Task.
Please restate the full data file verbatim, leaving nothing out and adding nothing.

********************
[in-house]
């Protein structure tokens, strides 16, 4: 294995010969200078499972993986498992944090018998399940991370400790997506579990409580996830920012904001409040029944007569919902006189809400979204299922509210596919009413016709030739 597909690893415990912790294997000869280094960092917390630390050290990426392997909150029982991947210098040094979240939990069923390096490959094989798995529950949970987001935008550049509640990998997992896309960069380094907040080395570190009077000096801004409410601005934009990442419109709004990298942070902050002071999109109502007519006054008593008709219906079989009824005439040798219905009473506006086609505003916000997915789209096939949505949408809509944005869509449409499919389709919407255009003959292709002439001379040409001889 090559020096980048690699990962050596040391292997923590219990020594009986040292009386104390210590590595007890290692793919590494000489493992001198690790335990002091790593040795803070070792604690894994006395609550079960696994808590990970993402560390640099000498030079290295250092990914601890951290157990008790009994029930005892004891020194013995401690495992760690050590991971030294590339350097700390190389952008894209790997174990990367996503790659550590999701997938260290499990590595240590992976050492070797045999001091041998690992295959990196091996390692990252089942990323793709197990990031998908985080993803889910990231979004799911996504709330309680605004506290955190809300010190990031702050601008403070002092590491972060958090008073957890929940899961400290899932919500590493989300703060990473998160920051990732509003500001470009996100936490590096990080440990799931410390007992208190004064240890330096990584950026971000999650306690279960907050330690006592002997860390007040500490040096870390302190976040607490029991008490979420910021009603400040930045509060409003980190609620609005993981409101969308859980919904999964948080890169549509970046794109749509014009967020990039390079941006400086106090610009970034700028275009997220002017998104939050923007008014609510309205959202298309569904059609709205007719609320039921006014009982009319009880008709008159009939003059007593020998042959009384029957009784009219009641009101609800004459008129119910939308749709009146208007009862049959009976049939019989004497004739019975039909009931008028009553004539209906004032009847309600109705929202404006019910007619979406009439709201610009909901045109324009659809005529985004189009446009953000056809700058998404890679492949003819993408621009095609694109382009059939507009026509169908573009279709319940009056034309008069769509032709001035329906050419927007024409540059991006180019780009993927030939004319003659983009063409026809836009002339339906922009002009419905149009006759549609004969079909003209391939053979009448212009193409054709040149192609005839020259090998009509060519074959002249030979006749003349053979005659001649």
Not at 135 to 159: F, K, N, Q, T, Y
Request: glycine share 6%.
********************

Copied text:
[in-house]
């Protein structure tokens, strides 16, 4: 294995010969200078499972993986498992944090018998399940991370400790997506579990409580996830920012904001409040029944007569919902006189809400979204299922509210596919009413016709030739 597909690893415990912790294997000869280094960092917390630390050290990426392997909150029982991947210098040094979240939990069923390096490959094989798995529950949970987001935008550049509640990998997992896309960069380094907040080395570190009077000096801004409410601005934009990442419109709004990298942070902050002071999109109502007519006054008593008709219906079989009824005439040798219905009473506006086609505003916000997915789209096939949505949408809509944005869509449409499919389709919407255009003959292709002439001379040409001889 090559020096980048690699990962050596040391292997923590219990020594009986040292009386104390210590590595007890290692793919590494000489493992001198690790335990002091790593040795803070070792604690894994006395609550079960696994808590990970993402560390640099000498030079290295250092990914601890951290157990008790009994029930005892004891020194013995401690495992760690050590991971030294590339350097700390190389952008894209790997174990990367996503790659550590999701997938260290499990590595240590992976050492070797045999001091041998690992295959990196091996390692990252089942990323793709197990990031998908985080993803889910990231979004799911996504709330309680605004506290955190809300010190990031702050601008403070002092590491972060958090008073957890929940899961400290899932919500590493989300703060990473998160920051990732509003500001470009996100936490590096990080440990799931410390007992208190004064240890330096990584950026971000999650306690279960907050330690006592002997860390007040500490040096870390302190976040607490029991008490979420910021009603400040930045509060409003980190609620609005993981409101969308859980919904999964948080890169549509970046794109749509014009967020990039390079941006400086106090610009970034700028275009997220002017998104939050923007008014609510309205959202298309569904059609709205007719609320039921006014009982009319009880008709008159009939003059007593020998042959009384029957009784009219009641009101609800004459008129119910939308749709009146208007009862049959009976049939019989004497004739019975039909009931008028009553004539209906004032009847309600109705929202404006019910007619979406009439709201610009909901045109324009659809005529985004189009446009953000056809700058998404890679492949003819993408621009095609694109382009059939507009026509169908573009279709319940009056034309008069769509032709001035329906050419927007024409540059991006180019780009993927030939004319003659983009063409026809836009002339339906922009002009419905149009006759549609004969079909003209391939053979009448212009193409054709040149192609005839020259090998009509060519074959002249030979006749003349053979005659001649």
Not at 135 to 159: F, K, N, Q, T, Y
Request: glycine share 6%.